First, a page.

Minutes before kickoff, the pitch invader ran in front of the Hungary team with the rainbow flag.
The security personnel then brought him to the ground and he was applauded by the crowd.
This protest is taking place amid international condemnation of a Hungarian law banning the promotion or depiction of homosexuality to minors.
The Hungarian parliament passed the law on 16 June. It has been widely criticised, but the conservative government insists that the law is intended to protect children.
After UEFA turned down a request to light the Allianz Arena, Munich, in rainbow colours, rainbow flags were raised by fans at the Group F match.
The request by Munich mayor Dieterreiter was denied because it was political and was made in response to legislation that prohibited the promotion and display of homosexuality to minors in Hungary.
Reiter called UEFA's decision not to grant the request'shameful' and stated that other landmarks in the city would be displayed rainbow colours.
It is a symbol of our core values and promotes everything we believe in. We want a more just society that is open to all, regardless of background, beliefs, or gender.
"Some people have interpreted UEFA’s decision to decline the request of the city to light the Munich stadium with rainbow colors for a Euro 2020 match as 'political. The request was actually political and related to the presence of the Hungarian football team in the stadium for the match with Germany.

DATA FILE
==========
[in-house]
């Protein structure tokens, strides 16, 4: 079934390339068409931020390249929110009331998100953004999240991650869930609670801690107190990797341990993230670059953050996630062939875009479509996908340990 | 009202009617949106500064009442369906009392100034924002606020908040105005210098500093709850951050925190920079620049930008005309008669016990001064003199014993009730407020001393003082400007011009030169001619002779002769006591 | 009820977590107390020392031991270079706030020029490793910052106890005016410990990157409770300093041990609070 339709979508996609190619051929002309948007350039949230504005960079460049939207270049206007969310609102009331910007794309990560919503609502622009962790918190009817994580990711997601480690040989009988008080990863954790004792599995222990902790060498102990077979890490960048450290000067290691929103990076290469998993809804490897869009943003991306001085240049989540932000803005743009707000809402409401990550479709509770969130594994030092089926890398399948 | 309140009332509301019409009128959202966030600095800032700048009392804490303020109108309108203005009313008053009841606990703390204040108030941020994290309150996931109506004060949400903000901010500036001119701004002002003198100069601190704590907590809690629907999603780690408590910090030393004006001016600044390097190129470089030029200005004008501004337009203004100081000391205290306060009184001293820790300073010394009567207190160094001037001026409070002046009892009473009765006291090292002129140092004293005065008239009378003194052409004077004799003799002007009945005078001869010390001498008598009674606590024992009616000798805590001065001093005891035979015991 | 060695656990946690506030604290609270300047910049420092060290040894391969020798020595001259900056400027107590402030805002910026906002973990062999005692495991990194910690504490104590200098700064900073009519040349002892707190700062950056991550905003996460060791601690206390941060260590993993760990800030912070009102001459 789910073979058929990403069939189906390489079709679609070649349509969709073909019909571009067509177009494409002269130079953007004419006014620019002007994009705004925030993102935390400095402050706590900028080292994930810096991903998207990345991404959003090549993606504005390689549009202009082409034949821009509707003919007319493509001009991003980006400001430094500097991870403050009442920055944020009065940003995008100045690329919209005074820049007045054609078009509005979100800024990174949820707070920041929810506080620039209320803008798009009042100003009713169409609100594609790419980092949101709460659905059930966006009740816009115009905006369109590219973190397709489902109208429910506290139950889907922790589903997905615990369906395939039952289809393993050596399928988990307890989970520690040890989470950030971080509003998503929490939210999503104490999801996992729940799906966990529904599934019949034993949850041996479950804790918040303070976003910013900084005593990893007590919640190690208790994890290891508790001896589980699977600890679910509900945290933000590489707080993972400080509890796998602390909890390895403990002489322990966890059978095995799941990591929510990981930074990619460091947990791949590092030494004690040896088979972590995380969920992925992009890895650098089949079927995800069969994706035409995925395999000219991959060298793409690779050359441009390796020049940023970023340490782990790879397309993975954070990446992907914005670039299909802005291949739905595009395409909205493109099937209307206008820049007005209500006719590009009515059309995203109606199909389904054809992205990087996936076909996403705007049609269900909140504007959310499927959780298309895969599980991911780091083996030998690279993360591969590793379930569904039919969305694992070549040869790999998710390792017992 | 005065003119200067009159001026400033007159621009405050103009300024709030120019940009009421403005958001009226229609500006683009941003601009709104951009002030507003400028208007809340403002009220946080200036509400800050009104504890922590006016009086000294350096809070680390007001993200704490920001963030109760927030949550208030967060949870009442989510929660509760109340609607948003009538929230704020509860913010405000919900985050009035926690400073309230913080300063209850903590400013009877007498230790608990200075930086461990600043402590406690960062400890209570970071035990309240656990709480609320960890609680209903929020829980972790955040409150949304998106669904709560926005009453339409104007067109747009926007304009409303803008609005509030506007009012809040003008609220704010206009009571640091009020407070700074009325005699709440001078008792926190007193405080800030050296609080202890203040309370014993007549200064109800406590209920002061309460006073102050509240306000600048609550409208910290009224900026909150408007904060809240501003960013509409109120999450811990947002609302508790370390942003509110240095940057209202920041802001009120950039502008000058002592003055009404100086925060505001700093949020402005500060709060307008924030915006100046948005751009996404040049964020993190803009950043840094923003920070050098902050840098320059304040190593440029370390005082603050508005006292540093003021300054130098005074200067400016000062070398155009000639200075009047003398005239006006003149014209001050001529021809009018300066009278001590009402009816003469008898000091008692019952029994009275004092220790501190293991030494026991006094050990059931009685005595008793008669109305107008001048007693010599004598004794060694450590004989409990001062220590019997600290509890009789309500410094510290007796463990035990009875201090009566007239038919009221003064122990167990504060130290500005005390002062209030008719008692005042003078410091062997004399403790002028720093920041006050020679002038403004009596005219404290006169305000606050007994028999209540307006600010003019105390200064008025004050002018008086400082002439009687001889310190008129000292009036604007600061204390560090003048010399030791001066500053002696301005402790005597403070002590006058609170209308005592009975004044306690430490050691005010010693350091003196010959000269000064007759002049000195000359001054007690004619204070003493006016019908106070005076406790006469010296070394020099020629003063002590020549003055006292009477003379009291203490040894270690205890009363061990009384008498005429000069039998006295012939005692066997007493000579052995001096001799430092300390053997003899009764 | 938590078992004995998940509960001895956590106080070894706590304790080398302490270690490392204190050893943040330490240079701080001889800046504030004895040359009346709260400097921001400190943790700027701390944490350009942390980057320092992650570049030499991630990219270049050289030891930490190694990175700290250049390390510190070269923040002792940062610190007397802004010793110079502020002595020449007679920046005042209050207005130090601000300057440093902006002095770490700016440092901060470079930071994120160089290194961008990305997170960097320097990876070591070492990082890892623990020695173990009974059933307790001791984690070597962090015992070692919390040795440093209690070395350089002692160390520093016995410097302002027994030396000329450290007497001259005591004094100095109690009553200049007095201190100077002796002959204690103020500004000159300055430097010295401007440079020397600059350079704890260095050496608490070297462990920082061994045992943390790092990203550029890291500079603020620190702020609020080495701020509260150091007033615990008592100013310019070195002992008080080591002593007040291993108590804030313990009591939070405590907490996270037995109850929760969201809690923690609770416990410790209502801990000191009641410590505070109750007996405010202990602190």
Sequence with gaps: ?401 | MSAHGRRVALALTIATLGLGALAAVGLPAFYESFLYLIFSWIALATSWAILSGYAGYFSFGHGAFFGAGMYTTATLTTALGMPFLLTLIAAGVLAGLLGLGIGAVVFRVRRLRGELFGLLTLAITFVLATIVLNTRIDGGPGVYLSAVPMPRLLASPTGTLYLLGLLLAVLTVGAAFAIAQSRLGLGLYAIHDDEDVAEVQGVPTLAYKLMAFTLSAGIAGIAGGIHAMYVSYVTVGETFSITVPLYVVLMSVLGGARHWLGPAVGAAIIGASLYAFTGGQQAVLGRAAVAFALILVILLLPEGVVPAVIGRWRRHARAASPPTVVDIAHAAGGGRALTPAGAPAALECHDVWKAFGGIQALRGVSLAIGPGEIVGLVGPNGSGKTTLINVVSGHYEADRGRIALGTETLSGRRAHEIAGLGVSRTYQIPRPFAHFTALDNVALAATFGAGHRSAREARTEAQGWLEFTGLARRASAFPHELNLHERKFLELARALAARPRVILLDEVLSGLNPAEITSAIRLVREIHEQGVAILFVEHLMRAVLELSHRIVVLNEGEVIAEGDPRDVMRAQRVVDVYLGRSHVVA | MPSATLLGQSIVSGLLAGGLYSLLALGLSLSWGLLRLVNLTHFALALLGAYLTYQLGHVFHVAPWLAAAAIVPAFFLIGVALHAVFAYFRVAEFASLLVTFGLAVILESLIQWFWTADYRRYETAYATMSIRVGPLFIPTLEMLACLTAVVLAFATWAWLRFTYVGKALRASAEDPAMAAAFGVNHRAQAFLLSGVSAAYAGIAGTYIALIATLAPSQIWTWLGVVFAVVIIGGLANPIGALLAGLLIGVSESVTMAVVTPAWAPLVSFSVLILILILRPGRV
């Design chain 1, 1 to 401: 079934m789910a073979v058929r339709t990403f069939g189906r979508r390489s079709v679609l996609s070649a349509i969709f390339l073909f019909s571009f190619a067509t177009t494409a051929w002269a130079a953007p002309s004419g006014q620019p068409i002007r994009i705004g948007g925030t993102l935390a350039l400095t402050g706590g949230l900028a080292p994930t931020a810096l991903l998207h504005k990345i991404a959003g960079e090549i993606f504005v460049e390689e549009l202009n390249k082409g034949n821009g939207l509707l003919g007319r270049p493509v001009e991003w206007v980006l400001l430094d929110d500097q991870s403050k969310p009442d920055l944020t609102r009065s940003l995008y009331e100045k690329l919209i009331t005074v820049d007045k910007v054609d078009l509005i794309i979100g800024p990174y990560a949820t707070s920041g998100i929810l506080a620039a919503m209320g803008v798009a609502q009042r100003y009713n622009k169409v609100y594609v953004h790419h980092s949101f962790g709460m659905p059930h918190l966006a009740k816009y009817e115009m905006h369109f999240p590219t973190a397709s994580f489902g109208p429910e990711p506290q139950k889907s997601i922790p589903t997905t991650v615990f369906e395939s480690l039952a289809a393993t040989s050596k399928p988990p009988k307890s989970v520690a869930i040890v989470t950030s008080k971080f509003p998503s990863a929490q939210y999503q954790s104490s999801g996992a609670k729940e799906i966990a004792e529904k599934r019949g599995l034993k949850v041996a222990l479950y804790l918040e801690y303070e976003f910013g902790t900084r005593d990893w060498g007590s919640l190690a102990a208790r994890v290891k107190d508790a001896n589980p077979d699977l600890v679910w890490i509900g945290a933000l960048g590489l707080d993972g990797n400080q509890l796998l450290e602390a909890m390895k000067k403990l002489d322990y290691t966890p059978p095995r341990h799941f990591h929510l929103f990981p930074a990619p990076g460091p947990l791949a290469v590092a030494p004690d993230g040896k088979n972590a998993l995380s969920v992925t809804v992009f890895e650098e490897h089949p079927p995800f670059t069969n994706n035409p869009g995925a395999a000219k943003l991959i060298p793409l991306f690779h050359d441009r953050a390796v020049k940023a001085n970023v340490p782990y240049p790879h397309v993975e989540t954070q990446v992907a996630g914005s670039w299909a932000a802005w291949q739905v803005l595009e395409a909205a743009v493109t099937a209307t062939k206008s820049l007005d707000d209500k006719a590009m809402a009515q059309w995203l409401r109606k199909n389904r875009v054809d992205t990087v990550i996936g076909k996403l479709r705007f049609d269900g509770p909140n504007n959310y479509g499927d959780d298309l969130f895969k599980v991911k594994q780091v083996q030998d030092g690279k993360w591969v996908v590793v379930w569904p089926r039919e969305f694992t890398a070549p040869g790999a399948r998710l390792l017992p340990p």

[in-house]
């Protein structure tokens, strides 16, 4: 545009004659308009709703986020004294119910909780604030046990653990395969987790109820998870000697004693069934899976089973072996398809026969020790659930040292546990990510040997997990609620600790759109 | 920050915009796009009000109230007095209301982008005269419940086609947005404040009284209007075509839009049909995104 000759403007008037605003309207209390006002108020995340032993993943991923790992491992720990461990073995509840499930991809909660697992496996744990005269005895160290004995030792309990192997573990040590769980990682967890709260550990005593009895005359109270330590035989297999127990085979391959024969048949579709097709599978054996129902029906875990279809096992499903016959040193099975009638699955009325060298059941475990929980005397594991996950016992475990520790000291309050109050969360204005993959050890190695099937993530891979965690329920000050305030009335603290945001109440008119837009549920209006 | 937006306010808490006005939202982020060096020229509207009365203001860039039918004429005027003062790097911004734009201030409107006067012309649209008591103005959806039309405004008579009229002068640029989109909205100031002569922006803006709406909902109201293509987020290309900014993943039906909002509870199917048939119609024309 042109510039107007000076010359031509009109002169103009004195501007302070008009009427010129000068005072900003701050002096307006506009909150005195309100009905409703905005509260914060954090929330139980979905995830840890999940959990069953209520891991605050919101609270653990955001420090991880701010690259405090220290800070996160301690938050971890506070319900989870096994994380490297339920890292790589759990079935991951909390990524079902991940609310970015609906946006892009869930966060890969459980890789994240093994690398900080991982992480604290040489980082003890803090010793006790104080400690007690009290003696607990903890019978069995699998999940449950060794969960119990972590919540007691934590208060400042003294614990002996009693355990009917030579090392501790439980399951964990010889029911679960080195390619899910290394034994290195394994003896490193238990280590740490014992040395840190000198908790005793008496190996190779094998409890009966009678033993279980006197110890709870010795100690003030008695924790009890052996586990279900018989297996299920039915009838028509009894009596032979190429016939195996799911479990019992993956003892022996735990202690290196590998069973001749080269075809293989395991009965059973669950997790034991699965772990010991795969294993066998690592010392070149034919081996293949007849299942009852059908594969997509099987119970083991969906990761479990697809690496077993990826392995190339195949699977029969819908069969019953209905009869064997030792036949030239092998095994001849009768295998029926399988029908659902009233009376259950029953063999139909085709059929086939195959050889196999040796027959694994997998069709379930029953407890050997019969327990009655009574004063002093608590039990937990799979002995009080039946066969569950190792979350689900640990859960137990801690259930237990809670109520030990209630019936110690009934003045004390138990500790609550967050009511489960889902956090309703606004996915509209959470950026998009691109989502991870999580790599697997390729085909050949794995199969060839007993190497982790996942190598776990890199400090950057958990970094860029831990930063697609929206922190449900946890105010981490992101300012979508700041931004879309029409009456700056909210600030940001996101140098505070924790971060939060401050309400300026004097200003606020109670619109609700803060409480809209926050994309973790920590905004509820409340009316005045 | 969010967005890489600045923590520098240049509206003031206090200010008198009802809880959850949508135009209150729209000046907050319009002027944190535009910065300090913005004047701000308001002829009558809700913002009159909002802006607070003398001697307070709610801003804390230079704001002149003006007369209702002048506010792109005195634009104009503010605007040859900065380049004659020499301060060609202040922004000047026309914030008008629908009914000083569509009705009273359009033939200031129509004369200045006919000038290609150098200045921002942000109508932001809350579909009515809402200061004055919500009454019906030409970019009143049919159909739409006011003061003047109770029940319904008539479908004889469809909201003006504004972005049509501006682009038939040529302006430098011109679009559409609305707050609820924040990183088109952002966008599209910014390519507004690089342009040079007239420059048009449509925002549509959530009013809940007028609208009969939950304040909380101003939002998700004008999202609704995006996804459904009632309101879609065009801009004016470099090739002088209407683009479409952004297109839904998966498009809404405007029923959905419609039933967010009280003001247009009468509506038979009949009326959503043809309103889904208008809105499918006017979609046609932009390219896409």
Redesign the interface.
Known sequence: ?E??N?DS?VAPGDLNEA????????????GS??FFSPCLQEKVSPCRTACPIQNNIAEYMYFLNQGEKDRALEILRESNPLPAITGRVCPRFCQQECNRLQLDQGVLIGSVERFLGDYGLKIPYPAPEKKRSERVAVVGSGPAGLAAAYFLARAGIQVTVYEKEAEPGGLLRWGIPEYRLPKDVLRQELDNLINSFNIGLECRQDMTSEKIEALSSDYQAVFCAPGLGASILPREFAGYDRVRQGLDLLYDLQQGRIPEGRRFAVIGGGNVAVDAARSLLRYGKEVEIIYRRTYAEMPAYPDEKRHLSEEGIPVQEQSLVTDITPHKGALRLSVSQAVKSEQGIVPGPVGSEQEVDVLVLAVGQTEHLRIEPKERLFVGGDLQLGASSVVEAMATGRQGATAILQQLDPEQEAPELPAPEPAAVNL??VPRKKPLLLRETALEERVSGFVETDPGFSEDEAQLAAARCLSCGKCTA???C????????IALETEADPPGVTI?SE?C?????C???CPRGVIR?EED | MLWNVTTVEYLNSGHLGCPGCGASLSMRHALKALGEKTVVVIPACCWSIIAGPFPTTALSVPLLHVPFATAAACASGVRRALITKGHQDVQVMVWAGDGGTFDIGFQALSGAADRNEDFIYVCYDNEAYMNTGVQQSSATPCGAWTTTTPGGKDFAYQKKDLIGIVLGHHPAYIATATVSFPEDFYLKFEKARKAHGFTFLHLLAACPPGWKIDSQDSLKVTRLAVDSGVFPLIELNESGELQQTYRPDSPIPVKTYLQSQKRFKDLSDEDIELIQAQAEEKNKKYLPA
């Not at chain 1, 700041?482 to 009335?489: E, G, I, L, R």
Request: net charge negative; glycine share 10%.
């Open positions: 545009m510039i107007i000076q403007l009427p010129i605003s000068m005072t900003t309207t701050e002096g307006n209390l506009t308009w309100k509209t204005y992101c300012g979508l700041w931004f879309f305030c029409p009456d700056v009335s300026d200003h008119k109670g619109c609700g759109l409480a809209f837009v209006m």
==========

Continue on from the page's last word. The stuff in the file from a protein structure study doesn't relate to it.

"The rainbow is not a symbol of political power for UEFA. It is a symbol of our firm commitment towards a more diverse, inclusive society."
Bayern Munich president Herbert Hainer stated Tuesday that he would like his club's stadium to glow in this manner for the match. He added: "Open-mindedness, tolerance and fair play are fundamental values that our society stands for."
Munich's town hall is decorated with rainbow flags. On Tuesday, the mayor of Munich stated that officials in the area planned to light the wind turbine next to the stadium and illuminate the Olympic tower in rainbow colors.
Reiter stated in a statement that "I find it shameful, that UEFA prohibits us to send a signal here in Munich for openness and tolerance, respect, and solidarity with the LGBTQI+ community."
"I'm also disappointed that the DFB (the German Football Association) despite its unbelievably clear position here in Munich, Bavaria, and also in Germany has not achieved or wished to achieve anything."
Ursula Von Der Leyen (president of the European Commission) has criticized the Hungarian bill. She said that it "goes against fundamental principles of European Union" and warned that the commission would use every power to protect rights of EU citizens.Updated Date: 23 June 2021, 16:50